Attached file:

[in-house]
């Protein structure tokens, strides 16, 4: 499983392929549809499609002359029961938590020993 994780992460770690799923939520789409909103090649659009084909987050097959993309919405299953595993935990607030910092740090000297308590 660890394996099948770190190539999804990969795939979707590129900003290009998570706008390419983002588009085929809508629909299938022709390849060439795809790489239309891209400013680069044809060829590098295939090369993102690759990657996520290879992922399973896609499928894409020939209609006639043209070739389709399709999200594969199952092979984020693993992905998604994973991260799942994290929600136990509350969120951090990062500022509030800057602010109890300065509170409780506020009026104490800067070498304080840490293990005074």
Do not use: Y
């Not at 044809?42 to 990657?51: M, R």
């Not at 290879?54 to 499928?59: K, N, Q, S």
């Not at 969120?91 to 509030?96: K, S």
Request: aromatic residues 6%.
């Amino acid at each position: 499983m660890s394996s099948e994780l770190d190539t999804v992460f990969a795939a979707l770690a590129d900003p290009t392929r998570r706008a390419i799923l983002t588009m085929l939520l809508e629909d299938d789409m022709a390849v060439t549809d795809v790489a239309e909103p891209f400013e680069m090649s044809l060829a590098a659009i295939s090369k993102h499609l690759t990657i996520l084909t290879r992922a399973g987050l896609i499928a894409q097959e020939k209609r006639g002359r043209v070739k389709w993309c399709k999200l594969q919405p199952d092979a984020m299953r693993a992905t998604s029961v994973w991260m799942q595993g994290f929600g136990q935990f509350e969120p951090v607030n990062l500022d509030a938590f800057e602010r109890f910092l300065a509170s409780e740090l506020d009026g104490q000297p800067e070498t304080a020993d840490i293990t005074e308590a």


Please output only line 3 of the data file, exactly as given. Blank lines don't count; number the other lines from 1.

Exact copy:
Do not use: Y